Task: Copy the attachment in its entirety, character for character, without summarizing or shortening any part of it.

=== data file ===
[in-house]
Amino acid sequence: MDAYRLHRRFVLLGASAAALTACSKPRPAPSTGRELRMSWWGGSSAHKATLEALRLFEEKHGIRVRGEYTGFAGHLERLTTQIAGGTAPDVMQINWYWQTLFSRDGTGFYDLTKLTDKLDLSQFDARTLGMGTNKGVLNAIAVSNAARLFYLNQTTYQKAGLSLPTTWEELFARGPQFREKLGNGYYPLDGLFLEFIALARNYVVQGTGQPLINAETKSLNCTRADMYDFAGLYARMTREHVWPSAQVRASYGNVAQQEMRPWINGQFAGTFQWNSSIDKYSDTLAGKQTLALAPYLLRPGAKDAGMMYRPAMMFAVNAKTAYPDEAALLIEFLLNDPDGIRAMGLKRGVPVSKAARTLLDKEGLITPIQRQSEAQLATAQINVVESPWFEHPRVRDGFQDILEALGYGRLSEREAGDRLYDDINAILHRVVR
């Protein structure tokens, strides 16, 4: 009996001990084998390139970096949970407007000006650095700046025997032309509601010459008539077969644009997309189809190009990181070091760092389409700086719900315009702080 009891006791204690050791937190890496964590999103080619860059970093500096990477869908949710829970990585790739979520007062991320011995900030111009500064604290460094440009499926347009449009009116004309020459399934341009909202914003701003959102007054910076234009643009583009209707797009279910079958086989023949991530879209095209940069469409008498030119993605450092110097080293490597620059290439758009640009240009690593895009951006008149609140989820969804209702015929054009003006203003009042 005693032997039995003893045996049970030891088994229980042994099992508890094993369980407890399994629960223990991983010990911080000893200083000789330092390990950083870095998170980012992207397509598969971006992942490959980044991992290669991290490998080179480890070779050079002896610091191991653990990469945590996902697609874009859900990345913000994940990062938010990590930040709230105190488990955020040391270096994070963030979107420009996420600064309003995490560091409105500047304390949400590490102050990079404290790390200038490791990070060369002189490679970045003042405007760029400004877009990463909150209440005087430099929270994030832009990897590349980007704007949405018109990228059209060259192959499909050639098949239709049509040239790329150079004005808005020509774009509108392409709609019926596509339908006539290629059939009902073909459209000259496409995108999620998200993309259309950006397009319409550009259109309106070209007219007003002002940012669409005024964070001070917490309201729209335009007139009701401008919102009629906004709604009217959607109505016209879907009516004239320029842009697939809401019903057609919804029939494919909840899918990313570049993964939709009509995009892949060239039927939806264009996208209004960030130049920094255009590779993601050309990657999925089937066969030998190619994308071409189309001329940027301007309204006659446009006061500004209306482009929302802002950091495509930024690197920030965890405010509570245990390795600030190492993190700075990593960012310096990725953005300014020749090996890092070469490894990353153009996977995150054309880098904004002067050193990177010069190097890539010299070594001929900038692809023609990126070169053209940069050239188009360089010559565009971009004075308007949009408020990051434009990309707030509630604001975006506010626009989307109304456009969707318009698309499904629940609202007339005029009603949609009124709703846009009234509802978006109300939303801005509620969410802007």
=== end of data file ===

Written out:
[in-house]
Amino acid sequence: MDAYRLHRRFVLLGASAAALTACSKPRPAPSTGRELRMSWWGGSSAHKATLEALRLFEEKHGIRVRGEYTGFAGHLERLTTQIAGGTAPDVMQINWYWQTLFSRDGTGFYDLTKLTDKLDLSQFDARTLGMGTNKGVLNAIAVSNAARLFYLNQTTYQKAGLSLPTTWEELFARGPQFREKLGNGYYPLDGLFLEFIALARNYVVQGTGQPLINAETKSLNCTRADMYDFAGLYARMTREHVWPSAQVRASYGNVAQQEMRPWINGQFAGTFQWNSSIDKYSDTLAGKQTLALAPYLLRPGAKDAGMMYRPAMMFAVNAKTAYPDEAALLIEFLLNDPDGIRAMGLKRGVPVSKAARTLLDKEGLITPIQRQSEAQLATAQINVVESPWFEHPRVRDGFQDILEALGYGRLSEREAGDRLYDDINAILHRVVR
């Protein structure tokens, strides 16, 4: 009996001990084998390139970096949970407007000006650095700046025997032309509601010459008539077969644009997309189809190009990181070091760092389409700086719900315009702080 009891006791204690050791937190890496964590999103080619860059970093500096990477869908949710829970990585790739979520007062991320011995900030111009500064604290460094440009499926347009449009009116004309020459399934341009909202914003701003959102007054910076234009643009583009209707797009279910079958086989023949991530879209095209940069469409008498030119993605450092110097080293490597620059290439758009640009240009690593895009951006008149609140989820969804209702015929054009003006203003009042 005693032997039995003893045996049970030891088994229980042994099992508890094993369980407890399994629960223990991983010990911080000893200083000789330092390990950083870095998170980012992207397509598969971006992942490959980044991992290669991290490998080179480890070779050079002896610091191991653990990469945590996902697609874009859900990345913000994940990062938010990590930040709230105190488990955020040391270096994070963030979107420009996420600064309003995490560091409105500047304390949400590490102050990079404290790390200038490791990070060369002189490679970045003042405007760029400004877009990463909150209440005087430099929270994030832009990897590349980007704007949405018109990228059209060259192959499909050639098949239709049509040239790329150079004005808005020509774009509108392409709609019926596509339908006539290629059939009902073909459209000259496409995108999620998200993309259309950006397009319409550009259109309106070209007219007003002002940012669409005024964070001070917490309201729209335009007139009701401008919102009629906004709604009217959607109505016209879907009516004239320029842009697939809401019903057609919804029939494919909840899918990313570049993964939709009509995009892949060239039927939806264009996208209004960030130049920094255009590779993601050309990657999925089937066969030998190619994308071409189309001329940027301007309204006659446009006061500004209306482009929302802002950091495509930024690197920030965890405010509570245990390795600030190492993190700075990593960012310096990725953005300014020749090996890092070469490894990353153009996977995150054309880098904004002067050193990177010069190097890539010299070594001929900038692809023609990126070169053209940069050239188009360089010559565009971009004075308007949009408020990051434009990309707030509630604001975006506010626009989307109304456009969707318009698309499904629940609202007339005029009603949609009124709703846009009234509802978006109300939303801005509620969410802007």